On June 28th, Kris Kobach, chairman for the national “Commission on Voter Integrity,” sent a letter to all 50 states requesting a great deal of data about their voters — names, addresses, military history, criminal backgrounds, party affiliation, social security numbers, and voting history since 2006.
And 45 states said, “Nope.” Some even said, “Oh hell, nope.” The Secretary of State in Mississippi said they can go “jump in the Gulf of Mexico,” clarifying that Mississippi is a great launching pad from where they can do it.
These states are not sending that information on. Or at the very least, they’re not sending anything that isn’t already public (like names and addresses). And this is significant. There may be a legal battle to fight their refusal, but this is significant.
This undertaking has the name “Commission on Voter Integrity,” but it’s really a commission on voter fraud. In a tweet the other day, Donald Trump even called it the Voter Fraud Commission. When we hear the words ‘voter fraud,’ they are not only indicative of the foundational lie behind this commission — the false claim that 3 to 5 million people voted illegally in the 2016 election – but they are code words for future voter suppression.
How do we know this? They are already the code words for voter suppression in 22 states.
Kris Kobach has been a major architect of voter suppression in Kansas, and now, he’s in charge of the commission. Read this crucial piece from The New York Times that discusses Kris Kobach’s career; the SAFE Act (Secure and Fair Elections Act), his signature piece of legislation that has faced four different challenges from the A.C.L.U.; his use of Crosscheck to remove voters from rolls; and his likely aims for this commission, including the creation of a national voting registry from which to use Crosscheck again.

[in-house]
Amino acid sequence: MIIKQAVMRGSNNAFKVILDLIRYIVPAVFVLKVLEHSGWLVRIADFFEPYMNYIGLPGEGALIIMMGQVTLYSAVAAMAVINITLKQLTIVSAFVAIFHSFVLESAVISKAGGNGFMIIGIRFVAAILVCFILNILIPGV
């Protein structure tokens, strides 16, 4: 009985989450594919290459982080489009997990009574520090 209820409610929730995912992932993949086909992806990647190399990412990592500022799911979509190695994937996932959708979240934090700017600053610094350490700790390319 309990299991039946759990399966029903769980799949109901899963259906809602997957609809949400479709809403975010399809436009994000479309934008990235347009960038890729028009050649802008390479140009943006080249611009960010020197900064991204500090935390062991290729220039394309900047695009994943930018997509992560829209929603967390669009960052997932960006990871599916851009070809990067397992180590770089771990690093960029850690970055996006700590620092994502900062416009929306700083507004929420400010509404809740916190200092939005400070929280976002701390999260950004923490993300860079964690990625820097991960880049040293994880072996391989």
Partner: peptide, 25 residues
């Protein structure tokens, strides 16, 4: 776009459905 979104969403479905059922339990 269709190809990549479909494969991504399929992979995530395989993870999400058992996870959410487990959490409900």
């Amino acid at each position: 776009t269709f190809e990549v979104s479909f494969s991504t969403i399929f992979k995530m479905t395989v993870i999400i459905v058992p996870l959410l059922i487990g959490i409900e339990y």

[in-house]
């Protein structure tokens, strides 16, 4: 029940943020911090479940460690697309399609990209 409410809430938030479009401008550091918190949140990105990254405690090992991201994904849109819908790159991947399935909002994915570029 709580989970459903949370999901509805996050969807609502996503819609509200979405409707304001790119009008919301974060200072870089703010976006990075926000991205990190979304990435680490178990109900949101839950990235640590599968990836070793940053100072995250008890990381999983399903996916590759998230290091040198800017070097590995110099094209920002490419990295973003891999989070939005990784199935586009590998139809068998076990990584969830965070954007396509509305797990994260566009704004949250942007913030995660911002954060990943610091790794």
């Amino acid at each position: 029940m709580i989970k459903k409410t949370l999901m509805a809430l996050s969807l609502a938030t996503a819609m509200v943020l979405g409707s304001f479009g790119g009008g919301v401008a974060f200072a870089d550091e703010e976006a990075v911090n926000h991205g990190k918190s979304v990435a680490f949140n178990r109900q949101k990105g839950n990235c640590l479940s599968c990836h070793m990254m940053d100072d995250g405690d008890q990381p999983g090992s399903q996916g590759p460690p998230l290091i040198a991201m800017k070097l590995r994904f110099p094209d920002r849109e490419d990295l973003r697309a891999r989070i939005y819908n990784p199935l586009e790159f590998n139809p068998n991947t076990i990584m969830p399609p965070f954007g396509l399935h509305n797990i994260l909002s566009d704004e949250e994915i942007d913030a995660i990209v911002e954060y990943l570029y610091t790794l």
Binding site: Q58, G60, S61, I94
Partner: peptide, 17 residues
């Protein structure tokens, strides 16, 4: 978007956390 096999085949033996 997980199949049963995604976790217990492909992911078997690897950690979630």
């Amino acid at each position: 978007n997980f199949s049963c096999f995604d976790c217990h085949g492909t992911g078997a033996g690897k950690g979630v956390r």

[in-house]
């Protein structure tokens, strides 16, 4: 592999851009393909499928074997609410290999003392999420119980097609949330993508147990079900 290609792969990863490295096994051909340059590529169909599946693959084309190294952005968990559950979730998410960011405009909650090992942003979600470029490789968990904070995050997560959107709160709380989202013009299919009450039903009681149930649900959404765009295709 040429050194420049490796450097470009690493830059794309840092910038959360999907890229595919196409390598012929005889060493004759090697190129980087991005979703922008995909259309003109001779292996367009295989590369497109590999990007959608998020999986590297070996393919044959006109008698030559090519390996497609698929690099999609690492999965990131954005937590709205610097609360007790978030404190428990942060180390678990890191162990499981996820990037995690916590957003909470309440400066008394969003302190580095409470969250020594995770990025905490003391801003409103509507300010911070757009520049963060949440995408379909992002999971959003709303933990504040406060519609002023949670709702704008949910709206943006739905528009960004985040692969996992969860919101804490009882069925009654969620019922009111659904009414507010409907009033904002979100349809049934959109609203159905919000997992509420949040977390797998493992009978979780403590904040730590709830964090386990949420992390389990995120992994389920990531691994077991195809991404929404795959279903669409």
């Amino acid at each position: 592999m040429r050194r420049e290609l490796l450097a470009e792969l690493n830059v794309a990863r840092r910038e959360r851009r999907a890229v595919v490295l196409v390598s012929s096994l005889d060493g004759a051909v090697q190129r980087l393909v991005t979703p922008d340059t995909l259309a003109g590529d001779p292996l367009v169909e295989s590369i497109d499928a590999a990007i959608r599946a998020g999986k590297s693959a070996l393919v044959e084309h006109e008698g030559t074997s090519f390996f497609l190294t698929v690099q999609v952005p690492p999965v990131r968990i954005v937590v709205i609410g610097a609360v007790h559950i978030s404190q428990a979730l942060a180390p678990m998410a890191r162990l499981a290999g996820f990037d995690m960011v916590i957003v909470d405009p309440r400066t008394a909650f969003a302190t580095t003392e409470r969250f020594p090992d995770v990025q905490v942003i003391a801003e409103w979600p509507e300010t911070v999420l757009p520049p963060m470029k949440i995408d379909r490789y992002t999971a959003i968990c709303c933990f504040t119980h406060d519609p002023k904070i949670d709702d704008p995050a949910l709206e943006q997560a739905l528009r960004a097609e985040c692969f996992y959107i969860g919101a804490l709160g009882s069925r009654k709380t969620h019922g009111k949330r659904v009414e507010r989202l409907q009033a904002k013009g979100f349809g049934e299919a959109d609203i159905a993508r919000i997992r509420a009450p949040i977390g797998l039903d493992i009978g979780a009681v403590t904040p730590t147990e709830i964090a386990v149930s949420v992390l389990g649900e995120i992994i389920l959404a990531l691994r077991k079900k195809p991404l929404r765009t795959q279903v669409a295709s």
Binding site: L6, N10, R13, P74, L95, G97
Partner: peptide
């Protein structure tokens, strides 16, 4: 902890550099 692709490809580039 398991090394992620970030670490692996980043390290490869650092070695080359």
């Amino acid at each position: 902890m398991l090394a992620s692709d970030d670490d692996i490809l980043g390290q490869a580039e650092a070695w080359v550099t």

This cannot go forward.
We need to stand against it, and we have to work to eliminate the previous laws that have bolstered voter suppression. These laws target minoritized communities, especially African Americans and immigrants, and they lead to policies that harm all of us. Voter suppression is completely undemocratic. It bars the crucial voices of individuals and entire communities, and leads to policies that uphold the interests of the few rather than the vast majority of people who live in this country.
It needs to end.
We need to make it a priority.
We need to make it a fight.
This post is a part of a series on voting rights and voter suppression. If you’d like to read more, feel free to check out these other posts: Voter Suppression: 45 States
Voter Suppression: Hearing From People Directly Affected
Rev. William Barber: 5 Fears that Fuel Voter Suppression
Voter Suppression: 22 States
Voter Suppression: 45 States